If the injury is not severe enough to warrant surgery therapy can usually begin almost immediately. If surgery is warranted, exercises can usually begin within a short period of time [depending on your surgeon’s advice].
Initially, patients with meniscus injury tend to do better with non-weight-bearing activities that do not cause compression. Especially in cases of more severe injury it is important to progress to weight-bearing functional activities.
If you’ve had a posterior meniscus injury you should keep your knees ranges of motion limited while performing exercise. This will help to ensure that further injury does not take place. It is also important to avoid any rotational movements of the knee, especially in weight-bearing positions.
In cases of surgery it may be necessary to avoid any type of flexion exercise for up to two months. Exercises that include twisting activities or squats may need to be avoided for up to 3 to 6 months. Depending upon the degree of injury it may also be necessary to limit athletic activity for 4 to 6 months after surgery.
The following exercise recommendations are only general in nature for individuals who do not need surgery, or have been cleared by their surgeon to perform these exercises.
Initial Phase of Exercise
The objectives during this phase are to decrease swelling [RICE], prevent further injury [bracing may be necessary], prevent muscle atrophy and maintain overall strength. During this initial phase which is can be several weeks depending on the degree of injury, four weeks if post operative, further injury must be prevented. During this stage appropriate exercises would include:
- Isometric exercises for the Quadriceps (especially the VMO)
- Range of motion exercises [passive and active if appropriate]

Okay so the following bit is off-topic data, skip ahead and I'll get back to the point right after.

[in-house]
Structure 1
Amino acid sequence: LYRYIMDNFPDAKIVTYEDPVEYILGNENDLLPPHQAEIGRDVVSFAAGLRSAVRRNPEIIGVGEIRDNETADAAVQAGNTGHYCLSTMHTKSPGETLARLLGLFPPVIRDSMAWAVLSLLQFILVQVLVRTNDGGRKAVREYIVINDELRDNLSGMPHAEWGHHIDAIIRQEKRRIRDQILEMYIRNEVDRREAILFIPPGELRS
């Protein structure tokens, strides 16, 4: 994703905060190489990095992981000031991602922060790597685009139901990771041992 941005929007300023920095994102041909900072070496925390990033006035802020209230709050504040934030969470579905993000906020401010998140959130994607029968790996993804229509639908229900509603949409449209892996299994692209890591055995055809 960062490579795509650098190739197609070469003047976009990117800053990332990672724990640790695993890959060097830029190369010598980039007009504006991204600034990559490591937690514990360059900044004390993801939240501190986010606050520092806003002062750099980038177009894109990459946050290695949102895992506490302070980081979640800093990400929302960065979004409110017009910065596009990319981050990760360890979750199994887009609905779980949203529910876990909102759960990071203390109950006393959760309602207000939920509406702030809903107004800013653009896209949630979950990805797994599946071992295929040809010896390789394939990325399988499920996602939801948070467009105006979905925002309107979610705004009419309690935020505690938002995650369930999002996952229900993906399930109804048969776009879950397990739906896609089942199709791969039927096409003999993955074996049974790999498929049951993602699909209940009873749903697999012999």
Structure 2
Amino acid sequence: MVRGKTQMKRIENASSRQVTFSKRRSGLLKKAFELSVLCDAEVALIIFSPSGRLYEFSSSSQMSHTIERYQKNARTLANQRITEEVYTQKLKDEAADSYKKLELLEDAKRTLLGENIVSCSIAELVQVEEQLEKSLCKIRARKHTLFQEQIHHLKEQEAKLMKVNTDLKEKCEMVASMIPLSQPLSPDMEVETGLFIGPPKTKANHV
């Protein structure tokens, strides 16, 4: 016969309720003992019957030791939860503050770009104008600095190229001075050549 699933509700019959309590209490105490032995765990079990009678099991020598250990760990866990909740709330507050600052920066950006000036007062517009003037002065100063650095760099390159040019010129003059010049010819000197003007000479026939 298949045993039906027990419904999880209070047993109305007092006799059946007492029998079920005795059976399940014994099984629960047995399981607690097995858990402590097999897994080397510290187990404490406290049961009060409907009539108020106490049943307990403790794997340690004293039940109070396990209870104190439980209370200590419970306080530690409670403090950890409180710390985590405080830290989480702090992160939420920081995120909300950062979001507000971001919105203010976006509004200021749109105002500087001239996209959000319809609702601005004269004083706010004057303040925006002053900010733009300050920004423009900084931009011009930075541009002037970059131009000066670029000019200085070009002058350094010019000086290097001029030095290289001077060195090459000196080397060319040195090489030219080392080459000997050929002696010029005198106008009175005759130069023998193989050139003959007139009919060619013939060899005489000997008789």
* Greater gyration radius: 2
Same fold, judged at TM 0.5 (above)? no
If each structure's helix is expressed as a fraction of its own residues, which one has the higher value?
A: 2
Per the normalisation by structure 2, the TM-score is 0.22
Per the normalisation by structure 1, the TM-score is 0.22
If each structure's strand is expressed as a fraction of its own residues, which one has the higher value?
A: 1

- Stationary cycling - single leg cycling only using the uninjured leg
Intermediate stage of exercise (Patient can now flex and extend knee)
The objective of this stage is to return to full weight bearing on the injured leg and to increase muscular endurance. It is important to combine soft tissue mobilization with exercise to avoid scar tissue formation. During this stage appropriate exercises would include opened chain kinetic exercises such as:
- Limited open chain resisted tubing exercises of the ankles knee and hip.
- Stationary cycling with no or only minimal tension.
- One leg stands - in this exercise you alternate standing on one leg for approximately 20 to 30 seconds, shifting your weight back and forth. This can only be done if you are able to tolerate weight-bearing.
- An upper extremity weight training program
- Deep water running program
- Stretches should include the: Quadriceps, hamstrings, hip rotators, iliotibial band, and calf muscles.
As the patient progresses Open Kinetic and Closed Kinetic Chain resisted exercises can be used.
Advanced stage of exercise (Patient now has full range of motion)
- Begin running at 50 to 60% of effort.
- Step ups, onto box.
- Jumping and hopping exercises. These exercises must be performed completely pain-free.
- Eventually exercises should simulate activities performed by the sport or activity the individual wishes to return to,
- Balance and stability training on a gym ball can be used at this stage.
In many cases meniscus injuries can be prevented. Active Release Techniques has been proven to be a viable option in removing meniscus entrapment’s before the actual tear occurs. Once an actual injury has occurred manual therapy and exercise should be implemented as soon as possible. Therapy must always consider key kinetic chain relationships to prevent an ongoing cycle of injuries. In addition to therapy exercise is essential without the correct rehabilitative strategy the probability of ongoing injury is almost 100%.
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